I have to be honest, I find it hard to stay off the black tea. Especially in the mornings. But I know a healthy drink when I drink one, and green tea is one of the finest. This history of this ancient beverage is stooped in myth and legend; stories of wise men tasting the leaves, and of flowers falling into cups, as if fate had guided it to the human tongue. What is known is that tea was discovered some five thousand years ago, probably in China, and that many Eastern cultures have been enjoying the health benefits of this tasty hot beverage ever since.
Back then all tea was green tea, and there was no such thing as the black tea many of us keep in our cupboards today. Green tea is simply the leaves of the camellia sinensis plant, left to brew in some hot water, and this is how tea was consumed all those years ago, and how it still is consumed in many cultures across the world.
Black tea, for all its delicious morning stimulation, comes from the same plant, but undergoes a fermentation process. Unfortunately this process takes much of the goodness out of the tea leaves, including the antioxidants and poly-phenols, which are believed to be the most beneficial compounds in the tea leaf.
Green tea on the other hand is not subjected to this process, and retains the maximum amount of antioxidants and poly-phenols, making the original tea by far the best for our health. Green tea has been hitting the science labs for some years now, as the West begins to prove what green tea drinkers of the world have known for five thousand years; green tea is very beneficial for our health. The body of research is mounting very fast, and the benefits range from anti-carcinogenic properties, to preventing tooth decay.
One of the most beneficial of the antioxidants contained within green tea is the Epigallocatechin Gallate, or EGCG. EGCG sends cell signals directly to block dangerous activity that could lead to cancer cells and tumors. There is a reasonable amount of evidence to support the link, ranging from cultural observations, to clinical studies which demonstrate the EGCG killing cancer cells without damaging surrounding healthy cells.
Studies have shown the positive impacts of green tea on a number of different types of cancer; breast pancreas, prostate, mouth, ovarian, lung cancer, bladder and more. The amount of green tea required to have the desired effect, and to get enough EGCG has been shown to range from 2-10 cups a day.
The health benefits of green tea does not stop with its anti-carcinogenic properties; drinking plenty of green tea has been shown to reduce our risk of cardiovascular disease, helping to reduce fat, lower bad cholesterol, and improve blood pressure in both males and females. The antioxidant EGCG is again to thank for this, as it works to reduce the problems associated with cardiovascular disease, such as protecting against blood clots, and improving the lining of our blood vessels.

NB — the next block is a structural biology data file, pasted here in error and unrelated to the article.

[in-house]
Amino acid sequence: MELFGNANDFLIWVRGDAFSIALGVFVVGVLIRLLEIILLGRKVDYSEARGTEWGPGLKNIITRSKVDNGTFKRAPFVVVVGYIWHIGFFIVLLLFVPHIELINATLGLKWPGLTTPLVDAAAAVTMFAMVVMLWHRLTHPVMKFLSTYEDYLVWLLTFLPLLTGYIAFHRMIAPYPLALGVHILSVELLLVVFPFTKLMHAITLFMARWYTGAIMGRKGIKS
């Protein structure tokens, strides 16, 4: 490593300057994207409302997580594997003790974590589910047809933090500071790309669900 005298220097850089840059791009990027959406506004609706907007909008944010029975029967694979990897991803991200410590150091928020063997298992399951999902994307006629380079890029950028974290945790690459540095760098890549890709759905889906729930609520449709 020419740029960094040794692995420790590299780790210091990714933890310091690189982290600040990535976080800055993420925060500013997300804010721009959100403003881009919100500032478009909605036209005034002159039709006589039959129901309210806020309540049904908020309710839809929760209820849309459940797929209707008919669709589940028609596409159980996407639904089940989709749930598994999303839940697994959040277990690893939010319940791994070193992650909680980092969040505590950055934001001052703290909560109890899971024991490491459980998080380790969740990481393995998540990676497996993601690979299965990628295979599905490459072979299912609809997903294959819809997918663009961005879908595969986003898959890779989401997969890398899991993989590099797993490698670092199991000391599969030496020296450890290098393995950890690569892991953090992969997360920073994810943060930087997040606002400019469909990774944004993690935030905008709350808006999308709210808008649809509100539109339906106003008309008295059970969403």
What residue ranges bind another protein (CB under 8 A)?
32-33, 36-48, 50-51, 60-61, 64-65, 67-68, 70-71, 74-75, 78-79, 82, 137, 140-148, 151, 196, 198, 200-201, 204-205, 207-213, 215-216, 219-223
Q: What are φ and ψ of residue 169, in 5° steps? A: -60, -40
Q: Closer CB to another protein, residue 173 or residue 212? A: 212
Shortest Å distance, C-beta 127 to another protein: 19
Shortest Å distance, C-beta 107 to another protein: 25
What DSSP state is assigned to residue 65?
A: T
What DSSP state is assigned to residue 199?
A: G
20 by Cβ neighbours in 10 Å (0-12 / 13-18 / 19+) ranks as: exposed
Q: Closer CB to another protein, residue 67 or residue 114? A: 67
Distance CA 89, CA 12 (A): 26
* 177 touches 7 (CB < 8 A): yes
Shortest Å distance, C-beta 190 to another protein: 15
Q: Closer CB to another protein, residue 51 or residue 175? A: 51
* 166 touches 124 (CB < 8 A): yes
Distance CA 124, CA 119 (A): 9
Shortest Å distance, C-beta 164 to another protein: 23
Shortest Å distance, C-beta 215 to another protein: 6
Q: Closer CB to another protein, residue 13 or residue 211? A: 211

Studies concerning green tea and its impact on diabetes are yet to come to any solid conclusions. It has however been suggested that green tea can improve glucose control and insulin levels, and may reduce the chance of type-2 diabetes. Diabetes also shares a common trigger with cardiovascular problems; obesity, and research has shown that drinking green tea helps to reduce body fat.
Protect Brain Cells
Many chronic brain diseases are caused by oxidative damage and inflammation, both of which green tea is known to reduce. The hypothesis resulted in a mountain of research, which suggests the neuroprotective qualities of green tea, and demonstrates an improvement in cognitive decline caused by the aging process. Green tea is therefore highly likely to combat diseases such as Parkinson’s, Alzheimer’s, Huntington’s and other degenerative brain illnesses.
As if protecting against highly dangerous diseases is not enough, green tea also has a few more tricks in its tea bag. The antioxidant catechin, helps to fight off bacteria in the mouth, and throat infections, making it effective for oral health care. The antioxidant and anti-inflammatory qualities are thought to reduce wrinkles and sun damage to the skin, and it even has a mild relaxing effect, and just a little bit of caffeine for a boost. It tastes really good too!
Eastern cultures drink green tea like water; probably because they feel the benefits it is having on their health. Scientific research is now showing, with quite some body of research, that green tea is highly beneficial, and can improve our chances against many diseases, as well as improving our blood flow, and guarding our brain cells. The only problem is we need to drink a lot of green tea to really see the benefits. Although research varies on the amount they believe is necessary, five cups a day is agreed to be a fair average. Green tea purified oil is available to supplement, but there is nothing like a really good, natural cup of green tea; so try to drink as much as possible to see the health benefits for yourself.